I don’t know what it’s like to have Tourette’s Syndrome, nor do I know the specifics of how it manifests in human behavior. As far as I know, neither does Jonathan Lethem. There is a troubling history of able bodied people using illnesses and non-ableness to become magical healers and special problem solvers.
So maybe this book is complete trash because Jonathan Lethem gets those aspects wrong. But from an ignorant perspective, I liked this one. And I liked it not because he had Tourette’s but because it showed how someone with Tourette’s might navigate a difficult situation such as the book presents.
Again, on the surface, it’s the kind of book that would make me roll my eyes: a take on the hardboiled mystery genre with a twist. I can definitely see the “What if Philip Marlowe blurted out curse words randomly?” pitch from some jerkwad publisher.
But it gets the hardboiled aspect down really well. And I think it has a good handle on Lionel’s character, whose behavior felt genuine in that he is a human being affected by Tourettes but still trying to live his life in spite of others who define him by his behavior.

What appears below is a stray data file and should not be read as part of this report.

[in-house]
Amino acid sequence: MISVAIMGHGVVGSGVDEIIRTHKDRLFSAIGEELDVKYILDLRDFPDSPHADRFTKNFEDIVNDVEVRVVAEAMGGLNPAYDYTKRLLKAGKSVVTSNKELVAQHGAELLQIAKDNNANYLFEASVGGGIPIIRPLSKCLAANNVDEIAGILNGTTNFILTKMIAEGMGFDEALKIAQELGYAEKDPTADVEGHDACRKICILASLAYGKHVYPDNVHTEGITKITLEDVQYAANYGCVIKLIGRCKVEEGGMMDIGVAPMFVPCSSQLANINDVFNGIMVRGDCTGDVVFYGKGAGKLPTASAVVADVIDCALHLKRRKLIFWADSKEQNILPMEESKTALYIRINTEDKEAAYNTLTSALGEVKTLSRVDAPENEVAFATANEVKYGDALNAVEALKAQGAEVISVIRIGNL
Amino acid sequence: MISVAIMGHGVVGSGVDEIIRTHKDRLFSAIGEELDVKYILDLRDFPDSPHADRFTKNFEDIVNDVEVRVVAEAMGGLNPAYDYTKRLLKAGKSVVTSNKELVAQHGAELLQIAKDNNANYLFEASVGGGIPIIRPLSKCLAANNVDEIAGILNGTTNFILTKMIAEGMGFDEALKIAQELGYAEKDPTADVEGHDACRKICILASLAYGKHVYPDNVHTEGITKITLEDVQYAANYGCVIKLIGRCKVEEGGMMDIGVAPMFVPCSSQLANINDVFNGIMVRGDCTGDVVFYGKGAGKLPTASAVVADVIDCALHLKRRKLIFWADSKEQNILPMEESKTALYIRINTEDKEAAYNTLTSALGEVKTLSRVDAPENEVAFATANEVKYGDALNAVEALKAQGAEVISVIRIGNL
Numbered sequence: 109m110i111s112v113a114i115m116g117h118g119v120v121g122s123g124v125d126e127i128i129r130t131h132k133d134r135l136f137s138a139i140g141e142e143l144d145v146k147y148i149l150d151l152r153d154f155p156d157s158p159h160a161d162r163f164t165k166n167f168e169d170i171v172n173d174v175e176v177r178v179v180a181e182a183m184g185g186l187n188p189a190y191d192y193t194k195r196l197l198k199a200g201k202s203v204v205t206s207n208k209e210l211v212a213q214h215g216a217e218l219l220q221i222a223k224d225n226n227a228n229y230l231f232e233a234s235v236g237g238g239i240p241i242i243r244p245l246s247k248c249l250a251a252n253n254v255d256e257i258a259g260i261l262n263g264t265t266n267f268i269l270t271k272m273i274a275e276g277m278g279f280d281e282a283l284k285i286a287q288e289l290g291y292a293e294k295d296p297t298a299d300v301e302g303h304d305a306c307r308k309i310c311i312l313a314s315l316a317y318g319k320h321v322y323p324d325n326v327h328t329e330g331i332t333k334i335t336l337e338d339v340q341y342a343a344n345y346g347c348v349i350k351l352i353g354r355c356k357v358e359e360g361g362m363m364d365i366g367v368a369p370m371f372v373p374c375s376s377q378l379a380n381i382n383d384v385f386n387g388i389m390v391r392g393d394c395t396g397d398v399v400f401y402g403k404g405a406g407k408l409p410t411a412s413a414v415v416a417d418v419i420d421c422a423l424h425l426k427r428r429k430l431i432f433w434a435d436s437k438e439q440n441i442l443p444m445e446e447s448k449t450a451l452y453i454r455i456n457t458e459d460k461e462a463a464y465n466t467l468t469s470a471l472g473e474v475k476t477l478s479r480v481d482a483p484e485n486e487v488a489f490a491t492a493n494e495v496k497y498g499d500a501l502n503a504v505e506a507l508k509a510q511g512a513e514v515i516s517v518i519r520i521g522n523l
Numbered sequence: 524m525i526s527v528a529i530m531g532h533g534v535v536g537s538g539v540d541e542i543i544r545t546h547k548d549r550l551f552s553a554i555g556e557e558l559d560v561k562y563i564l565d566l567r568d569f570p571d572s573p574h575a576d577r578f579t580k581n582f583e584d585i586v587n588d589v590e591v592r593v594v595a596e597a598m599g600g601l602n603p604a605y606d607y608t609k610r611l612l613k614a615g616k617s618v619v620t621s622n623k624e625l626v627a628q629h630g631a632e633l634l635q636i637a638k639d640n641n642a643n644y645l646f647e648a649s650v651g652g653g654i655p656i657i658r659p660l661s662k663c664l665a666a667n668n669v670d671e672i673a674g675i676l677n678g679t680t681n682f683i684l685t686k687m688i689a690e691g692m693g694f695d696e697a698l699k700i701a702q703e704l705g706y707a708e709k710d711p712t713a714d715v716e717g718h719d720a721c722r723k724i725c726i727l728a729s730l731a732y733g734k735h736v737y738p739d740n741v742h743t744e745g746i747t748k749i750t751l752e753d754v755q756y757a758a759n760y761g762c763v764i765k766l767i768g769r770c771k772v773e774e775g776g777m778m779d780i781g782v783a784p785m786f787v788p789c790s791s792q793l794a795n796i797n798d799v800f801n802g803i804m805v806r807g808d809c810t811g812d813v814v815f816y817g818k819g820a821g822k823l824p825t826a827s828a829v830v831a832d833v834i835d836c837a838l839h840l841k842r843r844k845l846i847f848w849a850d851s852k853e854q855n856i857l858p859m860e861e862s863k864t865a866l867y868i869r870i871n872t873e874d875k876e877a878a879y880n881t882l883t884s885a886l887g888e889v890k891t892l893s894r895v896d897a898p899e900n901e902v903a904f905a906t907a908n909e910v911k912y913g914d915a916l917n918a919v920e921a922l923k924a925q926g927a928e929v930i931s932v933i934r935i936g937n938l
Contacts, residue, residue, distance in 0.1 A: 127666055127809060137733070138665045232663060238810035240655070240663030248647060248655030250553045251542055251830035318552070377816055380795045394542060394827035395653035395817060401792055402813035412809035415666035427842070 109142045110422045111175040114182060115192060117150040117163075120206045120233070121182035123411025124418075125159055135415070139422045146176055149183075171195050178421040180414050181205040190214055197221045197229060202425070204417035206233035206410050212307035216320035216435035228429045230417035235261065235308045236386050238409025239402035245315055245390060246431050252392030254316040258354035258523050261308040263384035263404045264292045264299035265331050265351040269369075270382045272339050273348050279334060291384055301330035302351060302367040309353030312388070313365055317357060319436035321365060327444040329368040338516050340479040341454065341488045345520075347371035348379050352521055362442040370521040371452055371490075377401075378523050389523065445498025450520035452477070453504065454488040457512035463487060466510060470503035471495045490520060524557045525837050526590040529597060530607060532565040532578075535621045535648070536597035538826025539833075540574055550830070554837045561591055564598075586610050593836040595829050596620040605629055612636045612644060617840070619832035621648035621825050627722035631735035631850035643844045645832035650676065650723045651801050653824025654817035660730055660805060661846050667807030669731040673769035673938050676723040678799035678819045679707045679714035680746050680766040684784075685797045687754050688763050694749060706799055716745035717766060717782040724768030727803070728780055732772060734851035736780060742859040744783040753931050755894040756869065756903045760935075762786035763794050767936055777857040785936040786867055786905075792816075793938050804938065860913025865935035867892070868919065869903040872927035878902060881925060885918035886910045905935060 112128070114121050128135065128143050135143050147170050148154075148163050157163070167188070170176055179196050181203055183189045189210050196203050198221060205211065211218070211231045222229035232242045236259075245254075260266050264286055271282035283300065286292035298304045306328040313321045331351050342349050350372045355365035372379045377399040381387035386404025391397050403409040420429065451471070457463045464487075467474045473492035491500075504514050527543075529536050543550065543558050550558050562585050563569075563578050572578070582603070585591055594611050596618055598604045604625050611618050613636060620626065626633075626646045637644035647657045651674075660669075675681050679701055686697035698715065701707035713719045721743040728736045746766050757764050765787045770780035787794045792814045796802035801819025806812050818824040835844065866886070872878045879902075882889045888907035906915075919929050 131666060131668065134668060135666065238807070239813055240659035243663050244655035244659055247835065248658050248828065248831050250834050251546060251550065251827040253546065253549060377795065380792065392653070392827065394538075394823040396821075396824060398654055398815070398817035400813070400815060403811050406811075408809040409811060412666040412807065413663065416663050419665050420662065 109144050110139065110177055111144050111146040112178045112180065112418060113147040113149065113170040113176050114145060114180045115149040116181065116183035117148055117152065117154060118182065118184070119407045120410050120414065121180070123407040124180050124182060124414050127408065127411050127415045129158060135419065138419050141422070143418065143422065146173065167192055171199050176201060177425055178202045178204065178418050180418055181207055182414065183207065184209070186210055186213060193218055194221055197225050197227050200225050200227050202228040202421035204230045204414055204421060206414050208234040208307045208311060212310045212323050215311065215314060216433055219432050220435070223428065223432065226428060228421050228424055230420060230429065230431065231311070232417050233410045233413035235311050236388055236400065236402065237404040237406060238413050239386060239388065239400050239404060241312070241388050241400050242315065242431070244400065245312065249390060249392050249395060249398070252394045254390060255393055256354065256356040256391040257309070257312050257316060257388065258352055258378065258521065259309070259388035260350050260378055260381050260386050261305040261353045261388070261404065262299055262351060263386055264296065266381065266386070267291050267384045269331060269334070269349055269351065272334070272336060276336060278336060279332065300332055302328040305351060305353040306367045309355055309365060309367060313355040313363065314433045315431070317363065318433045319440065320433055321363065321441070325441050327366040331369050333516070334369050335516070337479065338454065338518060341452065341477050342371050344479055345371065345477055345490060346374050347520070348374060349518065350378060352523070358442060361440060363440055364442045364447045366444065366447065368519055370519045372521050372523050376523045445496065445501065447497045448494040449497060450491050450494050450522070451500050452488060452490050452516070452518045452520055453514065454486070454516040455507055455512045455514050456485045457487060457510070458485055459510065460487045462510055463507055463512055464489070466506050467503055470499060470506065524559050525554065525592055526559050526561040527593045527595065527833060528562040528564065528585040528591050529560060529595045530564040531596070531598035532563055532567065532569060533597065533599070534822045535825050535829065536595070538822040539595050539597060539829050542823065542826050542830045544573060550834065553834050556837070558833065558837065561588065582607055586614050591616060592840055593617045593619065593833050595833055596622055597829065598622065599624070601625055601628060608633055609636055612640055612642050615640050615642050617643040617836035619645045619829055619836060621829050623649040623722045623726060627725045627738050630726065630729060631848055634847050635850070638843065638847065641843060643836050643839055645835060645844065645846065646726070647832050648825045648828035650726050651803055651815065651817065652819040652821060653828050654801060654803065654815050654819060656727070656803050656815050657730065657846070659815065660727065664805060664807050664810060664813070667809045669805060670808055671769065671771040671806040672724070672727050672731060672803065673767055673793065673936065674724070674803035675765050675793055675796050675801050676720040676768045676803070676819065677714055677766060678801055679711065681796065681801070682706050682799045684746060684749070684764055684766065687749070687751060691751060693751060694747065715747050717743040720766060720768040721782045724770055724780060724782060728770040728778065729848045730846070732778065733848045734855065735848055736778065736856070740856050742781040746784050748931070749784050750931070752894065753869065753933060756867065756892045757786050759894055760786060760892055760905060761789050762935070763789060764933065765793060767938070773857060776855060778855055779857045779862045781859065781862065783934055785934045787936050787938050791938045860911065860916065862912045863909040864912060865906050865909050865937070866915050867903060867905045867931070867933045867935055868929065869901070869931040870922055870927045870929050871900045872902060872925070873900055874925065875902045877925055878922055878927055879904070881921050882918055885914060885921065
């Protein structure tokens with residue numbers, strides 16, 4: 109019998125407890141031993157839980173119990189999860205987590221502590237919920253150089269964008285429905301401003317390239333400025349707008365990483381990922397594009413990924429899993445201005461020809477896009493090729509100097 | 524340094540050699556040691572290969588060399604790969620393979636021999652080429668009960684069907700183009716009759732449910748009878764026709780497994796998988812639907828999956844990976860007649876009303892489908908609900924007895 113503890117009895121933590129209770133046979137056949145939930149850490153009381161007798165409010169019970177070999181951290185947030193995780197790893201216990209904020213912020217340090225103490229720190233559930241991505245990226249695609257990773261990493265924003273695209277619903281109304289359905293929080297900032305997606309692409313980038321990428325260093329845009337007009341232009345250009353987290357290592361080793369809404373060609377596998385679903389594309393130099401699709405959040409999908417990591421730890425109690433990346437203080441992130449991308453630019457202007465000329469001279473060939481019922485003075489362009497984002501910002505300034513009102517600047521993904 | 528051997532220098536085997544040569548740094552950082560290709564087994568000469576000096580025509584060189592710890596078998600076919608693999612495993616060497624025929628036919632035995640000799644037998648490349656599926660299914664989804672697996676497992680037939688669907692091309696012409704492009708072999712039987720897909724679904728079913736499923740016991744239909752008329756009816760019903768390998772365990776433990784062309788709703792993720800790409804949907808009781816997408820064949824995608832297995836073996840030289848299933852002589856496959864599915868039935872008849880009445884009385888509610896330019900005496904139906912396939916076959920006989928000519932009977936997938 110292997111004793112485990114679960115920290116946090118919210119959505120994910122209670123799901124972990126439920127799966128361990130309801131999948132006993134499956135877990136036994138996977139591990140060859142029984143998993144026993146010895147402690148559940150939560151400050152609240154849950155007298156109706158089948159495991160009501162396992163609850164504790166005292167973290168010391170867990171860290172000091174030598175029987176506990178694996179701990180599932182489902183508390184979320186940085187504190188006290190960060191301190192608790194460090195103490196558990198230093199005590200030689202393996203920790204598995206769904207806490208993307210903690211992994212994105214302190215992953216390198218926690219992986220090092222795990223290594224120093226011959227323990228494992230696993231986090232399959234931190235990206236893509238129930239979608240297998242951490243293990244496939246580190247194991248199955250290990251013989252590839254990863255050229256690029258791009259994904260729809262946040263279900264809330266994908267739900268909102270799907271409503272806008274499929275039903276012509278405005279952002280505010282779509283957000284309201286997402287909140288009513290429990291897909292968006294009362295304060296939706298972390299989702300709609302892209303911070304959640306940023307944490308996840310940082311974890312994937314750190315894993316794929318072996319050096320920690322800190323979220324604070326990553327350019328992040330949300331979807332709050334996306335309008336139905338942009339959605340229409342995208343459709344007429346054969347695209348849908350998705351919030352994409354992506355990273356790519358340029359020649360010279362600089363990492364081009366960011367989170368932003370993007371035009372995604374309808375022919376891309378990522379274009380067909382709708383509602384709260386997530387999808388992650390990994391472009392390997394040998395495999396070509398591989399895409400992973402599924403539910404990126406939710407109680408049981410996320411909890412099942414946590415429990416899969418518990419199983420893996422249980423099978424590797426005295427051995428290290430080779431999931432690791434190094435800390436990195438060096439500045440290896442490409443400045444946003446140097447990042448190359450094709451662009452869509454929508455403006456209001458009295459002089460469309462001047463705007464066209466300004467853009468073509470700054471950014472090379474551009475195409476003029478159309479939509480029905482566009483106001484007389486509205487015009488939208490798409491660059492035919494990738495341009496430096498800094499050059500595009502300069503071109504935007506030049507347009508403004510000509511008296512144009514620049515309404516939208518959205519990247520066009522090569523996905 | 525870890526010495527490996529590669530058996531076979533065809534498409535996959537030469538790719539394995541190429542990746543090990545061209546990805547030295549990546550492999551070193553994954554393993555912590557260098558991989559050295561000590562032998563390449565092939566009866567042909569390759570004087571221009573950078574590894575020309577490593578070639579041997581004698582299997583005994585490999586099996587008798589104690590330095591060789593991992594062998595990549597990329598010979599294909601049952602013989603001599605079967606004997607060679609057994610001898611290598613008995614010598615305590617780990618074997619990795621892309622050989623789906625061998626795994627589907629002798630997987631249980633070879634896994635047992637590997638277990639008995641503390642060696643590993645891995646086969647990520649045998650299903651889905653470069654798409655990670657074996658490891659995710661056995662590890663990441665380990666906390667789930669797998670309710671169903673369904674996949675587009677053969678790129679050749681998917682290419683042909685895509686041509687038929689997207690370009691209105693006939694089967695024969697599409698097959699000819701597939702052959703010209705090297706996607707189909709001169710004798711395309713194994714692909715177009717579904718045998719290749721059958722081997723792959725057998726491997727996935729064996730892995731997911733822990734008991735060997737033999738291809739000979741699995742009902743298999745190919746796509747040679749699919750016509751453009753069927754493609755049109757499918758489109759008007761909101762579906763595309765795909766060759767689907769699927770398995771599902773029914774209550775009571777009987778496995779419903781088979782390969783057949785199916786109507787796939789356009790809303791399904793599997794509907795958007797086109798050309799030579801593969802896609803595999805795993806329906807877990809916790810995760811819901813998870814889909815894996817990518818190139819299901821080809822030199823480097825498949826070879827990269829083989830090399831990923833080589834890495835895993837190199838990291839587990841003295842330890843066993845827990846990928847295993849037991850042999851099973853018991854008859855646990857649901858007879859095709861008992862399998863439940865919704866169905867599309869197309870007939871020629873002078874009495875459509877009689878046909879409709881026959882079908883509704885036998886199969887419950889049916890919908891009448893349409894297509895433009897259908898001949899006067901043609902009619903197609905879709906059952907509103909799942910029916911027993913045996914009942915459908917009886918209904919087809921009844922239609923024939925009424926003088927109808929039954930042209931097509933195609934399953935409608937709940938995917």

And it is also one of the better New York City novels I’ve read. It really makes the place come alive, as opposed to treating it like a theme park or some bleak hellscape that the protagonist no longer understand. Lethem is adept and learning which cliches to live in and which to avoid.
This is likely the best possible version of this kind of book, as opposed to someone who is not as empathetic or skilled.
PS: Bonus points for Lethem acknowledging Ross Macdonald in this one. By my count, that’s three authors who have had characters cite him in their works (Lethem, Con Lehane, Steph Cha).